Ten Little Indians
by Sherman Alexie
Published by Grove Press
336 pages, 2003
If Sherman Alexie falls in a forest, and there's nobody there to hear him, does he make a funny sound?
Reviewed by David Abrams
If there's a bone in Sherman Alexie's body that isn't funny, I'd like to know where it is. The left metatarsal, perhaps; or maybe the coccyx. Alexie's skeleton is made of wiggly-giggly stuff and it makes for infectious laughter wherever he goes. Take a look at the author photo on the back of his latest book, Ten Little Indians, and you'll see what I mean. His eyes are squeezed shut and his mouth's wide open in mid-guffaw; the teeth practically leap off the dustjacket.
That laughter often leaps right back onto the page. Alexie's sentences are jazzed with jokes, the paragraphs pop with the pleasure of puns.
I've read The Lone Ranger and Tonto Fistfight in Heaven and laughed; I've watched the movie Smoke Signals and slapped my knee a couple of times; I've seen Alexie give a reading and fallen out of my chair -- he puts most stand-up comics to shame with his energetic improvisational riffs.
Then why is it that I barely cracked a grin while reading Ten Little Indians? Has Alexie suddenly turned deadly, dully serious? Has he lost the gas which fueled his engine?
The nine stories in the collection -- the "missing" tenth Indian is perhaps an ironic smack to the politically incorrect Mother Goose rhyme -- offer less jokes than usual, but are still filled with the usual Alexie barbs which prick at our comfort zone of race, gender and politics. Somehow, Alexie's trademark "change-the-world" sting and undercurrent of anger are removed along with the jokes. He excels at using the medium for his message and when the humor is gone so is some of the impact.
Ten Little Indians shows a much more sober Alexie at work. "I could be deadly serious and deadly funny at the same time," says the narrator of "Do Not Go Gentle." Not unlike Alexie himself.
Yes, there are still vapor trails of the usual energetic wit and verbal loop-de-loops -- If a poet falls in a forest, and there's nobody there to hear him, does he make a metaphor or simile? ("The Search Engine") -- and I still marvel at his apparent ease of weaving prose, character, plot and thought. But this is a more thoughtful, contemplative fiction than we're used to seeing from Alexie.
One story, "Can I Get a Witness?," takes an interesting leap on the third page. Until that point, the unnamed, unhappily-married wife sitting in a Seattle café had been babbling in a quirky, breathless monologue about her suddenly-missing waiter, the city's 113 consecutive days of rain and the "male cacophony" of her household. This punchy opening is one of the few times I found myself laughing aloud during Ten Little Indians. Then, in one sentence, there's a shocking episode of sudden violence (I won't spoil it any further) and it swings the whole tone of the story in a new direction. I literally felt the laughter freeze in my throat when I read that sentence.
Alexie takes a risk in that story and it eventually pays off in what is the best piece of fiction inspired by 9-11 I've yet to read. Typical of most stories in Ten Little Indians, it gathers strength as it rolls along. "Can I Get a Witness?" ends its soaring flight by asking "How many loveless people walk among the barely loved?"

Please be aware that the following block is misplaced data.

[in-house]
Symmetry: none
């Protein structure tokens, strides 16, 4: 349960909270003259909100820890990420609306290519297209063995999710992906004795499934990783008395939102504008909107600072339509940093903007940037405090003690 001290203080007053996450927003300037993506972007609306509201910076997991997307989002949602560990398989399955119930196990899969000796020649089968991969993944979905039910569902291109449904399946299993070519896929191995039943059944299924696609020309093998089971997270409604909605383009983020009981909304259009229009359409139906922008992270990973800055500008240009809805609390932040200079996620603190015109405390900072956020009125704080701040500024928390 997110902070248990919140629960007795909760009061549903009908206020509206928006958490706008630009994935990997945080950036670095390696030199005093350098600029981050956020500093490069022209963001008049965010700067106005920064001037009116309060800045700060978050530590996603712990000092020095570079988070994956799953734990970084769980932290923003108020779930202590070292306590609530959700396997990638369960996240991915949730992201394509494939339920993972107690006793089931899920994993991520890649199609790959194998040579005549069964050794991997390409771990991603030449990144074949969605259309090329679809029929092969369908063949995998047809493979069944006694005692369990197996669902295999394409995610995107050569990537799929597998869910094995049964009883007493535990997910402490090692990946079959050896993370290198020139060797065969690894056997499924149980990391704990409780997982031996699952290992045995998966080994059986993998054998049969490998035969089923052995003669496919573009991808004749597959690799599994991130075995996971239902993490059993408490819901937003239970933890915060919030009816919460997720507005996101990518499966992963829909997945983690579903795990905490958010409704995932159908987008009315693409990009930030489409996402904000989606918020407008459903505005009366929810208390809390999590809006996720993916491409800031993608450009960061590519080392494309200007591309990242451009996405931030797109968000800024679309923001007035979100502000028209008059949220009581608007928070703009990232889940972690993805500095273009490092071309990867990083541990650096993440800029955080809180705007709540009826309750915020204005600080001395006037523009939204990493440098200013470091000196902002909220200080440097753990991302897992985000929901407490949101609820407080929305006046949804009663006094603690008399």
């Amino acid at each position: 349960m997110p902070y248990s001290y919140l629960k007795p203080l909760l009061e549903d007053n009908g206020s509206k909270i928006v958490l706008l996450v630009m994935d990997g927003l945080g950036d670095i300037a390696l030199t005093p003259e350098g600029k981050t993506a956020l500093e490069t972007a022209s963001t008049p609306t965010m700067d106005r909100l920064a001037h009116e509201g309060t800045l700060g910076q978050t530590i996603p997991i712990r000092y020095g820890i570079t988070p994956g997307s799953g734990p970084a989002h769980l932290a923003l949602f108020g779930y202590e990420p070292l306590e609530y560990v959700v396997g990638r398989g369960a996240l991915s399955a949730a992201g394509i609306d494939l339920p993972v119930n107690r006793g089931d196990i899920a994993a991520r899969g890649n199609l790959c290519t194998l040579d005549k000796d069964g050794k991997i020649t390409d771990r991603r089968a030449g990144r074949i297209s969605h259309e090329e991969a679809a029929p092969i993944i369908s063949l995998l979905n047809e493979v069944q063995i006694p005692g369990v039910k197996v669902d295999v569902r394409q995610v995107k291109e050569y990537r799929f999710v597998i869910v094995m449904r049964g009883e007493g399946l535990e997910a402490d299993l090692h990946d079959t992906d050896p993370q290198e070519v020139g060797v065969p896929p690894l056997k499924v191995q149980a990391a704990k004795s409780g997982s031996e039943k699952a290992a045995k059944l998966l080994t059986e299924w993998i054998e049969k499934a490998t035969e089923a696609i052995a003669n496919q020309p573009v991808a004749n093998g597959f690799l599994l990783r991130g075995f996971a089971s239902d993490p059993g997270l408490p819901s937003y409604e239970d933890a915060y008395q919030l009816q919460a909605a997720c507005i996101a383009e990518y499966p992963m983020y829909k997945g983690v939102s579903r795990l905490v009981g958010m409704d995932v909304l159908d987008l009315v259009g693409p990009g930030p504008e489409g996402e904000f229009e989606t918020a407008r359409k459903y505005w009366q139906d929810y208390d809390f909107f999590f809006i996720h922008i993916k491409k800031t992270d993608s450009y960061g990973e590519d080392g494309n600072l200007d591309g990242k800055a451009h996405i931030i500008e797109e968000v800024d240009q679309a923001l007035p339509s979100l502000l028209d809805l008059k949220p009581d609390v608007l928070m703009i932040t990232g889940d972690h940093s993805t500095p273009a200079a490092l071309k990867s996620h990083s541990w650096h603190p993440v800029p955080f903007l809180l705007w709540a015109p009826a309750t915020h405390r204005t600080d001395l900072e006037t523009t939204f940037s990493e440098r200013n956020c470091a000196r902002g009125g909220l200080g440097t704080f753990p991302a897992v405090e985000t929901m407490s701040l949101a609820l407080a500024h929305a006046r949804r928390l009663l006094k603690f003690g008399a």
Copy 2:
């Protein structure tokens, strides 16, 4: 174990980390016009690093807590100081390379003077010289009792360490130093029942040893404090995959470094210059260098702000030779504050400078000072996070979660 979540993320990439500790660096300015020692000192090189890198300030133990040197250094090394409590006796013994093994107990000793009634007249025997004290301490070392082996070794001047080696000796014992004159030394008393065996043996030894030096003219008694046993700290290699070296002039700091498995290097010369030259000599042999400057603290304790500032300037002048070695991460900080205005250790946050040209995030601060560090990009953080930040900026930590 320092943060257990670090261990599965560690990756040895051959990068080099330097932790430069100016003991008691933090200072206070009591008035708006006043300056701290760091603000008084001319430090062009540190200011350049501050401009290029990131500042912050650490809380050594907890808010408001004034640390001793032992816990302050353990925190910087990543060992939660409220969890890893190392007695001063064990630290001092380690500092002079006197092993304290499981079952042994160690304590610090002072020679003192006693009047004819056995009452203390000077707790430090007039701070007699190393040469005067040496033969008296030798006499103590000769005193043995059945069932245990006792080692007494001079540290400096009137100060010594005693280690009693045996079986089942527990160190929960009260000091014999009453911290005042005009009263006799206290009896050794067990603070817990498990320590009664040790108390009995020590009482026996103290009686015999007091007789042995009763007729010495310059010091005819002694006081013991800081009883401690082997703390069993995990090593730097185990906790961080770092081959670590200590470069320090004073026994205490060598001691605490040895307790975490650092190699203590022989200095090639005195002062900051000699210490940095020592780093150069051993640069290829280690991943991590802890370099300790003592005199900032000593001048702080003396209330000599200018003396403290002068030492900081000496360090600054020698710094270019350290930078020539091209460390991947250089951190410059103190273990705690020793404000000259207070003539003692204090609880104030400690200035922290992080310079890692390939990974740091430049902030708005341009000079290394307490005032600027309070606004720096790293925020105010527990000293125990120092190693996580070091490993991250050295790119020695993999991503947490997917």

The stories, all of them set in Seattle, are populated with the barely loved on a quest for the missing puzzle pieces of their lives. They dream of greatness or, at the very least, an escape from mediocrity. A middle-aged forest ranger decides to seek a new career as basketball star; a college student tracks down her idol, a Native American poet who disappeared from public view 30 years ago after publishing one small collection of verse; married couples cope with infidelity; sons argue with their fathers; and everywhere hearts are in a constant break-mend-break cycle.
There are few characters who stand out -- like Thomas Builds-the-Fire or Lester Falls Apart from earlier stories -- and sometimes they seem like mere chess pieces in the way Alexie plays with language and message, as in this description from what turns out to be the most magnificent story in the collection, "What You Pawn I Will Redeem:"
Junior is a Colville, but there are about 199 tribes that make up the Colville, so he could be anything. He's good-looking, though, like he just stepped out of some "Don't Litter the Earth" public-service advertisement. He's got those great big cheekbones that are like planets, you know, with little moons orbiting around them. He gets me jealous, jealous, and jealous. If you put Junior and me next to each other, he's the Before Columbus Arrived Indian, and I'm the After Columbus Arrived Indian. I am living proof of the horrible damage that colonialism has done to us Skins.
Yes, most of the characters are Native American -- members of Alexie's own Spokane-Coeur d'Alene tribe -- but race is inconsequential in a collection that's practically colorblind. Yes, there is drinking; and yes, there is tribal fancydancing and talk of ancient powwows; but the tone is more all-encompassing than anything Alexie has done in the past. This effort to achieve universality might be the reason behind some of the book's seriousness, and sometimes the strain of sermonizing shows, but the final effect is one of a hard sock to the gut. Sherman Alexie is deadly serious about being funny. | August 2003
David Abrams is a January Magazine contributing editor. He has written for Esquire, Glimmer Train Stories, The Greensboro Review, The Readerville Journal and other literary magazines.